Macular degeneration (also called age-related macular degeneration or AMD) refers to a group of degenerative diseases of the retina – in particular the macula, which is responsible for central and fine-detail vision.Tthis is a painless condition and peripheral vision is not affected, many people are not aware that they have AMD until the disease is in the advanced stages. Once advanced, AMD can be classified into wet and dry forms. Most people have the dry form of AMD. People aged over 50 years or those with a family history of macular degeneration face the greatest risk. This eye disease causes people to lose the ability to distinguish faces, read, drive and see fine detail. Early detection and treatment offers the best hope of minimising significant damage. If you have difficulty reading, distinguishing faces, or start to see dark or empty patches in your central vision, have your eyes checked immediately Diagnosing macular degeneration 1. Regular eye examinations 2. Home screening An Amsler Grid may be recommended for people at high risk of developing macular degeneration, this grid contains a series of horizontal and vertical lines with a dot in the middle. If the lines appear wavy or any are missing, have your eyes checked immediately. 3. Fluorescein angiography 4. Optical coherence tomography (OCT)

Retinal vein occlusion occurs when the veins in the retina are blocked and the build-up of pressure causes smaller downstream blood vessels to leak. The blockage can occur in a branch vein with vision loss restricted to part of the visual field (branch vein retinal occlusion) or a central vein with the entire visual field affected (central vein retinal occlusion).

Retinal detachment is a serious condition in which the retina lining the back of the eye separates from the wall of the eye. If not treated, it can lead to permanent blindness. Surgery under local anaesthesia is needed to reattach the retina.




Retinal tears are not usually as serious as a retinal detachment, but they can develop into a retinal detachment if untreated. Retinal laser treatment (also known as retinal laser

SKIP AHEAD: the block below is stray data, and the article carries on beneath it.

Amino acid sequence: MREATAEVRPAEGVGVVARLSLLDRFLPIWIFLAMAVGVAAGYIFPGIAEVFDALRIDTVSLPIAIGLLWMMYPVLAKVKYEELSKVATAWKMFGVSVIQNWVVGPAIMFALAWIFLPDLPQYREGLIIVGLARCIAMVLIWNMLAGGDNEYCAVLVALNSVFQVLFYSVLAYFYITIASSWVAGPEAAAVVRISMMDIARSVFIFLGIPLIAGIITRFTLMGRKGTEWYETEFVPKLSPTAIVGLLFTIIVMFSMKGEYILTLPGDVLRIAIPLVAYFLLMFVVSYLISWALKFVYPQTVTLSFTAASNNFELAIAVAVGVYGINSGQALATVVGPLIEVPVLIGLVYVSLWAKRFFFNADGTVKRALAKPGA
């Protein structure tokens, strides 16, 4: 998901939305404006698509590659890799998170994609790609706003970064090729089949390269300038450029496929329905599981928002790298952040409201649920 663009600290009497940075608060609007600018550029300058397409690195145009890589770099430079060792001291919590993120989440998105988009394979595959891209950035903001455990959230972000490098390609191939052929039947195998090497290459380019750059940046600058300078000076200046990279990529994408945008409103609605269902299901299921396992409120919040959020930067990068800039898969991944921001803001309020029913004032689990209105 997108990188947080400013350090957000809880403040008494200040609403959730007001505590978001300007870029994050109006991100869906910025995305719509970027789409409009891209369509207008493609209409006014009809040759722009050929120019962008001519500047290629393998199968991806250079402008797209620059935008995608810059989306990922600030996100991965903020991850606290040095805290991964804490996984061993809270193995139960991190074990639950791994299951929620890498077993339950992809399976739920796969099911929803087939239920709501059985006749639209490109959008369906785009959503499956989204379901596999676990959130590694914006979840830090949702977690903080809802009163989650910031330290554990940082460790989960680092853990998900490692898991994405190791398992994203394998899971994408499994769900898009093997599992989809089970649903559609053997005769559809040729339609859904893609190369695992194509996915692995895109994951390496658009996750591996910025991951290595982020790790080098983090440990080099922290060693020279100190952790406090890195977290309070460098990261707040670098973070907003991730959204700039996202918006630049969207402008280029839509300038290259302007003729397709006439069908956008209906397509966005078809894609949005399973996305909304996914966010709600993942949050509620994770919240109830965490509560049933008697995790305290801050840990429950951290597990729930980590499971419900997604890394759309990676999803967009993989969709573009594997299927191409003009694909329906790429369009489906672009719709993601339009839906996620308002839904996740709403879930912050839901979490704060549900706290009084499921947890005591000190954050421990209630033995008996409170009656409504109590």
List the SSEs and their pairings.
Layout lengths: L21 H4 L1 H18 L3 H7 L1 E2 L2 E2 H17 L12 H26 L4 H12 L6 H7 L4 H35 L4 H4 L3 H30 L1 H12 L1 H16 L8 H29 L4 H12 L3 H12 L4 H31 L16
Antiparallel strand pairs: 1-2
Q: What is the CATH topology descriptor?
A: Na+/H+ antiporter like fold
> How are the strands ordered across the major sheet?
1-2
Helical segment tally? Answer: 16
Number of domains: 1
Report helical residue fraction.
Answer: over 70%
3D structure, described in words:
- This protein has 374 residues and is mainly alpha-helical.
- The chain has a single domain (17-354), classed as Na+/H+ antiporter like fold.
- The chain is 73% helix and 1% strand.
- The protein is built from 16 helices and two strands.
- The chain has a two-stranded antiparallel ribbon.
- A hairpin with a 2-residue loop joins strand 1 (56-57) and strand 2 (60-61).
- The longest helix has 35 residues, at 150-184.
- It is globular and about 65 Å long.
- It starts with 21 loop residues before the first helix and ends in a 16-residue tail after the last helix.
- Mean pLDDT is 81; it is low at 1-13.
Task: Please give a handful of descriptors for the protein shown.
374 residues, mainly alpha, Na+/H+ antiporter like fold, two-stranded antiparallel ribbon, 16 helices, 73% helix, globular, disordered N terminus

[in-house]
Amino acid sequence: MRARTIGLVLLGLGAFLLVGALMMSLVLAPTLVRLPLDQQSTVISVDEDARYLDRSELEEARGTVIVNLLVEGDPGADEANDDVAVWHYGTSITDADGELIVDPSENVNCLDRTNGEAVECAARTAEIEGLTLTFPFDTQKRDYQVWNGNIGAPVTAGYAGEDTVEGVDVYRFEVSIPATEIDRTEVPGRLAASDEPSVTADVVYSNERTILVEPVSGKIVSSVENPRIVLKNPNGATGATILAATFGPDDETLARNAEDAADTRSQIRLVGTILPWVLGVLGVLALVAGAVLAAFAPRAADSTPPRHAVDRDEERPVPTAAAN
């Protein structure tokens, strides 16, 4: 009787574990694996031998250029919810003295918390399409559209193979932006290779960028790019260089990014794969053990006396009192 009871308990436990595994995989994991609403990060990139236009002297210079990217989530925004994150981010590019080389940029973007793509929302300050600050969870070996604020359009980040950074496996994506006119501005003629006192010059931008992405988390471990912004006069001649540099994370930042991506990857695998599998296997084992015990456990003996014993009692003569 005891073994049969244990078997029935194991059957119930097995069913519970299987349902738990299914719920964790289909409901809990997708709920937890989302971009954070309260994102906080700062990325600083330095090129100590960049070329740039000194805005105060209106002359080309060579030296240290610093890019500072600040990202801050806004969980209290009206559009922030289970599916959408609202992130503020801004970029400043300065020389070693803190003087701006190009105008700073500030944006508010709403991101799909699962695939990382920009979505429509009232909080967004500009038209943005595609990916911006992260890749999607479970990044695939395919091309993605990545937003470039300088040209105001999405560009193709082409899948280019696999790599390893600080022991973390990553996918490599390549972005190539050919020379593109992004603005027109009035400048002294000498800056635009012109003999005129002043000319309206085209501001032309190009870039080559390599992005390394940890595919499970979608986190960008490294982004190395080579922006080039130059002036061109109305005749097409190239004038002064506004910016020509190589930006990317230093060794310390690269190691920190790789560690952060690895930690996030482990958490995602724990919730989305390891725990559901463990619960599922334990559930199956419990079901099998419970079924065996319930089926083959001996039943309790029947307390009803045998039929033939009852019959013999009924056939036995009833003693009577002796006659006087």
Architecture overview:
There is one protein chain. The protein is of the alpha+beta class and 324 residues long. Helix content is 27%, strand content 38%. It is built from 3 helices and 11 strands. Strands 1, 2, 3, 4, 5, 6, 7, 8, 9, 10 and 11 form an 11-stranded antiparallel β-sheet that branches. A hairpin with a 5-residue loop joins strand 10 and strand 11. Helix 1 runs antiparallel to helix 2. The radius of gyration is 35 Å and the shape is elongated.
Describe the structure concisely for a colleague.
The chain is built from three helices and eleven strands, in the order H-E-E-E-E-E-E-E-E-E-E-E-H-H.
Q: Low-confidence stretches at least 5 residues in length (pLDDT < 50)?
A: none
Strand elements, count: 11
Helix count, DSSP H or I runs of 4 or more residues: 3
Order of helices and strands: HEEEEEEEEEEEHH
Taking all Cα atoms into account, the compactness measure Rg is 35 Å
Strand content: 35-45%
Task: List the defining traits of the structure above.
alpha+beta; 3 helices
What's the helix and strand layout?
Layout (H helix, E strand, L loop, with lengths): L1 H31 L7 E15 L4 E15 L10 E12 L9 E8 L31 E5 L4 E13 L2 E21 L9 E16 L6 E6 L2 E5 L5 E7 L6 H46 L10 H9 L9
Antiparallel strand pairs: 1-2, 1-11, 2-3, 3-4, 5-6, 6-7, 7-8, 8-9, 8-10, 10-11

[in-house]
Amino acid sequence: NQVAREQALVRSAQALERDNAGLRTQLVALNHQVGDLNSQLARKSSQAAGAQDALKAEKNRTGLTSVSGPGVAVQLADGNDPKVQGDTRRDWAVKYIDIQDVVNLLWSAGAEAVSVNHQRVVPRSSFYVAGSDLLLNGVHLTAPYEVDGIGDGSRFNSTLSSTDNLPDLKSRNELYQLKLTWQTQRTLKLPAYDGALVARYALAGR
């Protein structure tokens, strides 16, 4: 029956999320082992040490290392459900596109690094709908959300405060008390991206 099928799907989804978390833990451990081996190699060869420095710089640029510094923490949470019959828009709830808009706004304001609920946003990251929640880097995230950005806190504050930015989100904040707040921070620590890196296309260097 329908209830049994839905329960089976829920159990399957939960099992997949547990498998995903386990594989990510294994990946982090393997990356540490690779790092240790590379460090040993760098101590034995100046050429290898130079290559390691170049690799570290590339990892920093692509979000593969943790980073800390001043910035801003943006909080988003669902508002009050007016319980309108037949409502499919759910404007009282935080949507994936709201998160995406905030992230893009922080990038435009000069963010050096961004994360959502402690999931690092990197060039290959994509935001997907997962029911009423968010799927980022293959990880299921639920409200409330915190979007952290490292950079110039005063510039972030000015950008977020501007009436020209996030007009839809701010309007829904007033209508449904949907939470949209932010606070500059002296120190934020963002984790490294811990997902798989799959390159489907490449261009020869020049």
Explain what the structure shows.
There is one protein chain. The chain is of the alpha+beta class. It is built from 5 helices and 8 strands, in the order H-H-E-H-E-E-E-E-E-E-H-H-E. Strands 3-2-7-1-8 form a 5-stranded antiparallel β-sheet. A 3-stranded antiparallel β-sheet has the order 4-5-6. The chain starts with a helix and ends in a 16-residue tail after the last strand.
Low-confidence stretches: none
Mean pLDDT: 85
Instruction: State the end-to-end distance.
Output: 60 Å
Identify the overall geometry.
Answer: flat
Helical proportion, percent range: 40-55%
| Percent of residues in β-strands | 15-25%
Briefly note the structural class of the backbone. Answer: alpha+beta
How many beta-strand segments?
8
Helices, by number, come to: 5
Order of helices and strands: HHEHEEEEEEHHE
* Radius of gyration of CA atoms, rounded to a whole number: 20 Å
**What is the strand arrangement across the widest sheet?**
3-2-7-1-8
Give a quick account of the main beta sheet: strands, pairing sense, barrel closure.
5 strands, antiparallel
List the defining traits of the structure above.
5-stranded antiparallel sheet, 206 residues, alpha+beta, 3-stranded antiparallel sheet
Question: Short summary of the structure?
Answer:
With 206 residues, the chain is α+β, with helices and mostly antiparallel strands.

surgery or retinal tear surgery) is an effective treatment for retinal tears.



Retinitis pigmentosa is the name for a range of genetic diseases that damage the retinal rod and/or cone cells (photoreceptors), causing vision loss. Unfortunately, there is no known treatment. An ophthalmologist can give you advice on what to expect and how to manage the disease.

Epiretinal membrane, also known as macular pucker, epiretinal membrane occurs when a thin sheet of scar-like tissue grows on the surface of the macula and interferes with central vision. Your doctor will monitor progression using an OCT scan and fluorescein angiogram. Vitrectomy may be recommended.

Eye floaters are specks or smudges that float around your field of vision, caused by the degeneration of the clear, jelly-like fluid that fills your eye (the vitreous). Most floaters are harmless, but they may also be a sign of more serious retinal conditions. New floaters should always be checked by an eye specialist. Laser treatment or vitrectomy surgery can be performed for severe floaters if they are affecting your quality of life.


Diagnosing retinal conditions

  1. Retinal examination (dilated ophthalmoscopy)
  2. Digital retinal photography

State-of-the-art equipment is used to produce high-resolution photographs of your retina, optic nerve and blood vessel

  1. Fluorescein angiography

 A fluorescein angiogram uses a fluorescent dye (injected into a vein in the arm) to show any blockages or leaks in the blood vessels supplying the retina. or leaks and will use a special camera to take photographs. Your vision will be blurred for up to 12 hours after the test.

4.Optical coherence tomography (OCT) the retina and the optic nerve

OCT is a non-invasive test that captures images of the retina and the optic nerve. The OCT scans the eyes without making direct contact. The procedure takes less than 10 minutes.

Eye injections

These injections are also called intravitreal injections. They are administered in the clinic or day surgery. The eye is numbed with a local anaesthetic to stop any pain. Ongoing treatment is often necessary for many retinal disorders. (e.g Retinal vein occlusion)